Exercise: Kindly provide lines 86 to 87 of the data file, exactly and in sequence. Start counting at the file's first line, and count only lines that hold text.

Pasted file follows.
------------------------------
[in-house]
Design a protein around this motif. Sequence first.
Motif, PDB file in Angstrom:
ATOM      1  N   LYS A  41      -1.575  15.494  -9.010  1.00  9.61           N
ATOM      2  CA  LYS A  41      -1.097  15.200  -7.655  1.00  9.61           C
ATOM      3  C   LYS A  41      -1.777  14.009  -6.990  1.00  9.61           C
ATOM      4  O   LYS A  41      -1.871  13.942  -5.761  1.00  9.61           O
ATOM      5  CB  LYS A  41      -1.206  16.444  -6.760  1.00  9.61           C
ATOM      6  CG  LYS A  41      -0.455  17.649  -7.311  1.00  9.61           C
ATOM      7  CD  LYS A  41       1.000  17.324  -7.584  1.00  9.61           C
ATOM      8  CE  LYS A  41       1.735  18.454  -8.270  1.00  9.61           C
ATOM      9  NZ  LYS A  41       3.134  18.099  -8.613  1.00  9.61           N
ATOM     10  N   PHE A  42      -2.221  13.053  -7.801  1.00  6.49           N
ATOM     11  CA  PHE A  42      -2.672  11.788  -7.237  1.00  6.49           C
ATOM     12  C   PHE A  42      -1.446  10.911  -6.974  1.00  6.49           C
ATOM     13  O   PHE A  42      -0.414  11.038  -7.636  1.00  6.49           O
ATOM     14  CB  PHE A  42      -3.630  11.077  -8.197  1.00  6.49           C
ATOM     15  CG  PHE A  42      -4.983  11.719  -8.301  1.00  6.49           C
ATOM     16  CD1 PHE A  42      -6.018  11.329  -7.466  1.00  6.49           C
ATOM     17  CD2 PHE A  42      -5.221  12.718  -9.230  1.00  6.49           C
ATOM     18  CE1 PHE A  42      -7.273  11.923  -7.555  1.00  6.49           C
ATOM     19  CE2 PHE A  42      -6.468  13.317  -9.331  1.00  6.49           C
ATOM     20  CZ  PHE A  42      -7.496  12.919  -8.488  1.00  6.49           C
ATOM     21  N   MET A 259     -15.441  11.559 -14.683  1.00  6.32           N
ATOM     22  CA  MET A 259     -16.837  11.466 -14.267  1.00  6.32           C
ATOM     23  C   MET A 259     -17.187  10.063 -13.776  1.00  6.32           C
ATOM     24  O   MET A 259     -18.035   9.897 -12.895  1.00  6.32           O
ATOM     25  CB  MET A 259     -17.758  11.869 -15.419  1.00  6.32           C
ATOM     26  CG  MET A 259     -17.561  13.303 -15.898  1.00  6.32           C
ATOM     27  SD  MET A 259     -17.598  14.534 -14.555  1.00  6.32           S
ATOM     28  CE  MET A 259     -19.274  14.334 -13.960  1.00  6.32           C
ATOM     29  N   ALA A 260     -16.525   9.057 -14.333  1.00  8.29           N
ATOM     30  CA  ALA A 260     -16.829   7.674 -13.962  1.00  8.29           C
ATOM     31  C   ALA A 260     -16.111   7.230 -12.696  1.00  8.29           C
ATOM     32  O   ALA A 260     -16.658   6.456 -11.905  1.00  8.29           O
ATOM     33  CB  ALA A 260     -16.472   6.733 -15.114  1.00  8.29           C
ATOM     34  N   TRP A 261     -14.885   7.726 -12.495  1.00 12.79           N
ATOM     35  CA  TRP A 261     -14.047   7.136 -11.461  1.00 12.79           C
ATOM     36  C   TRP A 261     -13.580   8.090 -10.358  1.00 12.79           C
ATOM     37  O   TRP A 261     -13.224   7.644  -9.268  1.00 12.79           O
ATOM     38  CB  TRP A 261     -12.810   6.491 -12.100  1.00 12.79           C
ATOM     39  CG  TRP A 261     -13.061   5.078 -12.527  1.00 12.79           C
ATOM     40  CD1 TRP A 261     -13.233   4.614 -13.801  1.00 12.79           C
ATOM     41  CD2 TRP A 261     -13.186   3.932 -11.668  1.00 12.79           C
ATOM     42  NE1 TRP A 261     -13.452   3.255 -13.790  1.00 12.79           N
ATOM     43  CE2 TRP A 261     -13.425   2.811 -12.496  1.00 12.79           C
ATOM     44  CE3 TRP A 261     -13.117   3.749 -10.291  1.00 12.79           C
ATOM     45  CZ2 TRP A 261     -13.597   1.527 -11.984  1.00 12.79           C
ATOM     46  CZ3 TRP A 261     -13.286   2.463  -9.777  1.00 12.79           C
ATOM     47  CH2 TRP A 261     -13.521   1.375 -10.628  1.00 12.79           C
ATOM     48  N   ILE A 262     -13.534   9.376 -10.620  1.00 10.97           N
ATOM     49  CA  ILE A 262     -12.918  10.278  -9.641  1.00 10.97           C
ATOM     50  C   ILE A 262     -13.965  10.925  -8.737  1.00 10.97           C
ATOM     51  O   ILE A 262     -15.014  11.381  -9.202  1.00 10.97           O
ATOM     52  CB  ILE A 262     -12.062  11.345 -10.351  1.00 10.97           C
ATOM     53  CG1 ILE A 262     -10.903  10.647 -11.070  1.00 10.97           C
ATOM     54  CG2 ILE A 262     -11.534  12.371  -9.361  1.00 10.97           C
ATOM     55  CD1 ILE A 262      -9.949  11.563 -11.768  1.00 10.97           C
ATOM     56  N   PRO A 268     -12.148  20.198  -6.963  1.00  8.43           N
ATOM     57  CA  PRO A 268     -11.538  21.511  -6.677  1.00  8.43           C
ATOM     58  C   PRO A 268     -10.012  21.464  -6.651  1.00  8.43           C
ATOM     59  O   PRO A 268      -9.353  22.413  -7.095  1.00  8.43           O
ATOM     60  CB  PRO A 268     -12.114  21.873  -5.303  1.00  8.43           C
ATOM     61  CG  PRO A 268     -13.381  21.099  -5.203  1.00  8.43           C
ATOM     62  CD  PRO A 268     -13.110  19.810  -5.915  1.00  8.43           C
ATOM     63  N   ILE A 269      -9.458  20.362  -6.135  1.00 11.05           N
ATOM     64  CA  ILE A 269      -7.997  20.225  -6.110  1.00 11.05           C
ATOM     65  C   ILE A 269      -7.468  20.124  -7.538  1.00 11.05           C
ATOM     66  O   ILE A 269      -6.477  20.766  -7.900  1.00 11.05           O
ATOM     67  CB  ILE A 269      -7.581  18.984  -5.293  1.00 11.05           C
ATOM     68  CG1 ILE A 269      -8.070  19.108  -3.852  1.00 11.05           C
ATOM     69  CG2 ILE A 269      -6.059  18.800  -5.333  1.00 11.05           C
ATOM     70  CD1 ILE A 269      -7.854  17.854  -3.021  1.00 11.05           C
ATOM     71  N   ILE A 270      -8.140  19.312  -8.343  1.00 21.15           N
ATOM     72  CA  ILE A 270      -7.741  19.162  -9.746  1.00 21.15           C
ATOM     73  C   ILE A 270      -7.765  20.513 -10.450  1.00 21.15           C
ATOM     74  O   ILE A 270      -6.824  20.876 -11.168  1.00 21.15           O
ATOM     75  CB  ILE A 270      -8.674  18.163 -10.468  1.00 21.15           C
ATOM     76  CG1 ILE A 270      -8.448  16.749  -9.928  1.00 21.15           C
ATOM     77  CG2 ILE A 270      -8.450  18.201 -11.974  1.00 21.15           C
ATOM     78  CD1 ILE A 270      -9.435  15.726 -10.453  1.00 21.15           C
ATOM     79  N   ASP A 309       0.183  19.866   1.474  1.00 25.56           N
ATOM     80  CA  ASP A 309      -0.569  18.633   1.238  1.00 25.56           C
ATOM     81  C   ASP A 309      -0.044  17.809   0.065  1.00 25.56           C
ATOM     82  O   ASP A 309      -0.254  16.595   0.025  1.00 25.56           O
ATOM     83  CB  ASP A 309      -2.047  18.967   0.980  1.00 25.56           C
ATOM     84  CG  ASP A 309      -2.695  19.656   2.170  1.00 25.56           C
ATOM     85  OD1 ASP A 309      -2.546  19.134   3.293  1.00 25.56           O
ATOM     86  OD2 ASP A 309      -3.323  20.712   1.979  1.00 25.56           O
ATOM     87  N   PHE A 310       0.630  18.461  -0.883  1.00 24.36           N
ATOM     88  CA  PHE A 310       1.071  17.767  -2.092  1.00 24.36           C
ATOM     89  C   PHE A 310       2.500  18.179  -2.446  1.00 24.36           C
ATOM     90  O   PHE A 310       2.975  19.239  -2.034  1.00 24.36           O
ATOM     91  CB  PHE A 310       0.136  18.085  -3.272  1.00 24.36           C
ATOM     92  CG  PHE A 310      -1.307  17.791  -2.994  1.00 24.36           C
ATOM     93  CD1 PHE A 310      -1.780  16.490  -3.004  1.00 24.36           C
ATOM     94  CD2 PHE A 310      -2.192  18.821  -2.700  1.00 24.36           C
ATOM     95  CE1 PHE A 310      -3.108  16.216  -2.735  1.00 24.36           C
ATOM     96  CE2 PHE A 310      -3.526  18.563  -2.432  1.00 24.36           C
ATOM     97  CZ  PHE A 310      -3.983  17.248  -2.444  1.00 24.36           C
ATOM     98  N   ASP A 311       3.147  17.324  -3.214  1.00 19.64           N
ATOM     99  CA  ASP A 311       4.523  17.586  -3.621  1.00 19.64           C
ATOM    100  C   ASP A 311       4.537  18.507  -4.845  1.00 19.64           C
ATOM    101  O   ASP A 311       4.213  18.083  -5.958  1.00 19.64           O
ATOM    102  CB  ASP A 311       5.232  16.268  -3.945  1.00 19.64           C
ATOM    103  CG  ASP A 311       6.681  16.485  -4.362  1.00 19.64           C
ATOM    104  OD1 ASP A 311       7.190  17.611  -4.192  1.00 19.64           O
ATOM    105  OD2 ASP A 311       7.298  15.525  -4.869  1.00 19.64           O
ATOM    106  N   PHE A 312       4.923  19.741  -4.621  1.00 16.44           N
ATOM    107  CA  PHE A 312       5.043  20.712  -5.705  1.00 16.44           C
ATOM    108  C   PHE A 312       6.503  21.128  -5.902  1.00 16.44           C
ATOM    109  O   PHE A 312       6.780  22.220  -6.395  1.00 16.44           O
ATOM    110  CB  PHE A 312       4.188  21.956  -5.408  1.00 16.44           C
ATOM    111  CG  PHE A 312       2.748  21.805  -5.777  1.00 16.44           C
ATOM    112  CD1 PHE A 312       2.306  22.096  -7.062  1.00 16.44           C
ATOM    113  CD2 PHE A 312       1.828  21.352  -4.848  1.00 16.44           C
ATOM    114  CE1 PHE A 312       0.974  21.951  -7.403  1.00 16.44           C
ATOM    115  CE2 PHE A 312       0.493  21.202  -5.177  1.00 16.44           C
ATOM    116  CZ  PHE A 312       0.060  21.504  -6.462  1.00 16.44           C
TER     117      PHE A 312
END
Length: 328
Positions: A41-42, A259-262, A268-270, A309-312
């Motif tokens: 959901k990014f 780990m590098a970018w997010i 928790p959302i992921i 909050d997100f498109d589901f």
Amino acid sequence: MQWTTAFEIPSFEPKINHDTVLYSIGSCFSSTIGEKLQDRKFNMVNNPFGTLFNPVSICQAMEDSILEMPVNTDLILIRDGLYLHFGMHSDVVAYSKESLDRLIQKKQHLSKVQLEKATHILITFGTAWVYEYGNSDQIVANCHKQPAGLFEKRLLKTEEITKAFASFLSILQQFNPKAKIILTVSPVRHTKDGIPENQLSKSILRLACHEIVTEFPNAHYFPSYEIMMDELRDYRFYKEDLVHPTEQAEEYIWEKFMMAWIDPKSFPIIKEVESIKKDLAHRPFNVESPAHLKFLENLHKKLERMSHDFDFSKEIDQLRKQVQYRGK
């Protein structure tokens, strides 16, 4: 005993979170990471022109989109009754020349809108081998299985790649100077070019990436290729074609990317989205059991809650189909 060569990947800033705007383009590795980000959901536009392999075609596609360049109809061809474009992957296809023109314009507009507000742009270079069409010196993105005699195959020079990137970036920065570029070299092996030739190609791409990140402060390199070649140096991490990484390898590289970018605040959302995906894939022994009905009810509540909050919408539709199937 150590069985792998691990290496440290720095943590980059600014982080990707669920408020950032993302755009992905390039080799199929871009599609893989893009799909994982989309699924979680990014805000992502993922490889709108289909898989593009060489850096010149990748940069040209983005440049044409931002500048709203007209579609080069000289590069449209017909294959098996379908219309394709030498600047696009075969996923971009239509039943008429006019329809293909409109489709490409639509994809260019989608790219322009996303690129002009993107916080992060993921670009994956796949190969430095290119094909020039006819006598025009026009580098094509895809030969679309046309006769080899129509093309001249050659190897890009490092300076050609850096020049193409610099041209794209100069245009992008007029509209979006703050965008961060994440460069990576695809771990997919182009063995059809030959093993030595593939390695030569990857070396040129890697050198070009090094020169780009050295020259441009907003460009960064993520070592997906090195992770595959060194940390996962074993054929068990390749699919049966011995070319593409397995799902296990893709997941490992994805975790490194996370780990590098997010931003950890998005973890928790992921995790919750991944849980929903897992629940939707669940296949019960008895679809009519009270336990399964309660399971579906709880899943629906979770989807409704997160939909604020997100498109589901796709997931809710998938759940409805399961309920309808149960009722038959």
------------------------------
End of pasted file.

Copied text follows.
ATOM     83  CB  ASP A 309      -2.047  18.967   0.980  1.00 25.56           C
ATOM     84  CG  ASP A 309      -2.695  19.656   2.170  1.00 25.56           C